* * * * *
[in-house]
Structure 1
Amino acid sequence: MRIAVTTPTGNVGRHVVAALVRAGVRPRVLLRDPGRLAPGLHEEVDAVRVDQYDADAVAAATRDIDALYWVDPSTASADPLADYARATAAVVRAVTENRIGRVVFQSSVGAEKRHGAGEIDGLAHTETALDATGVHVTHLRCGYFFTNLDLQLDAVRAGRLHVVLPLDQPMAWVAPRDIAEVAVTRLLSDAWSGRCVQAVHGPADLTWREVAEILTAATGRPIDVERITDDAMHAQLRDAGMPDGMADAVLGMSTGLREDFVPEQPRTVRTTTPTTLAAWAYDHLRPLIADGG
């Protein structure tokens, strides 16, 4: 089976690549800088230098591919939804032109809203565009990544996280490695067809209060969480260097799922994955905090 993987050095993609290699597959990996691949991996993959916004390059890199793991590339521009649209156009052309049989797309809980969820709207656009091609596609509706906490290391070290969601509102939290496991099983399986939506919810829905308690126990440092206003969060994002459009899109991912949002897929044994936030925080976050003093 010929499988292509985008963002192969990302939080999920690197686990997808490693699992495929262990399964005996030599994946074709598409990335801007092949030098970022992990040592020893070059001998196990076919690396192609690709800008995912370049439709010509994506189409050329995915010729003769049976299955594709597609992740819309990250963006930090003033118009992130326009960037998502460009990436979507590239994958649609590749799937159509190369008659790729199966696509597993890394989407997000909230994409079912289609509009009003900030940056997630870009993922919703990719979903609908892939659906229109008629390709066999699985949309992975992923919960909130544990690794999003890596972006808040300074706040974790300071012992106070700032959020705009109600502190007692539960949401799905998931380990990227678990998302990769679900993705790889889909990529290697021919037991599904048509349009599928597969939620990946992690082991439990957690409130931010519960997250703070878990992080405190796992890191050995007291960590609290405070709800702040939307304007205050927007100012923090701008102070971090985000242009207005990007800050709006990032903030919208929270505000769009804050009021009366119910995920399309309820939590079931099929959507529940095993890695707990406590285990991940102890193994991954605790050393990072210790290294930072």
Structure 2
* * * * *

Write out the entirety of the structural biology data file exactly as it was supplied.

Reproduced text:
[in-house]
Structure 1
Amino acid sequence: MRIAVTTPTGNVGRHVVAALVRAGVRPRVLLRDPGRLAPGLHEEVDAVRVDQYDADAVAAATRDIDALYWVDPSTASADPLADYARATAAVVRAVTENRIGRVVFQSSVGAEKRHGAGEIDGLAHTETALDATGVHVTHLRCGYFFTNLDLQLDAVRAGRLHVVLPLDQPMAWVAPRDIAEVAVTRLLSDAWSGRCVQAVHGPADLTWREVAEILTAATGRPIDVERITDDAMHAQLRDAGMPDGMADAVLGMSTGLREDFVPEQPRTVRTTTPTTLAAWAYDHLRPLIADGG
């Protein structure tokens, strides 16, 4: 089976690549800088230098591919939804032109809203565009990544996280490695067809209060969480260097799922994955905090 993987050095993609290699597959990996691949991996993959916004390059890199793991590339521009649209156009052309049989797309809980969820709207656009091609596609509706906490290391070290969601509102939290496991099983399986939506919810829905308690126990440092206003969060994002459009899109991912949002897929044994936030925080976050003093 010929499988292509985008963002192969990302939080999920690197686990997808490693699992495929262990399964005996030599994946074709598409990335801007092949030098970022992990040592020893070059001998196990076919690396192609690709800008995912370049439709010509994506189409050329995915010729003769049976299955594709597609992740819309990250963006930090003033118009992130326009960037998502460009990436979507590239994958649609590749799937159509190369008659790729199966696509597993890394989407997000909230994409079912289609509009009003900030940056997630870009993922919703990719979903609908892939659906229109008629390709066999699985949309992975992923919960909130544990690794999003890596972006808040300074706040974790300071012992106070700032959020705009109600502190007692539960949401799905998931380990990227678990998302990769679900993705790889889909990529290697021919037991599904048509349009599928597969939620990946992690082991439990957690409130931010519960997250703070878990992080405190796992890191050995007291960590609290405070709800702040939307304007205050927007100012923090701008102070971090985000242009207005990007800050709006990032903030919208929270505000769009804050009021009366119910995920399309309820939590079931099929959507529940095993890695707990406590285990991940102890193994991954605790050393990072210790290294930072």
Structure 2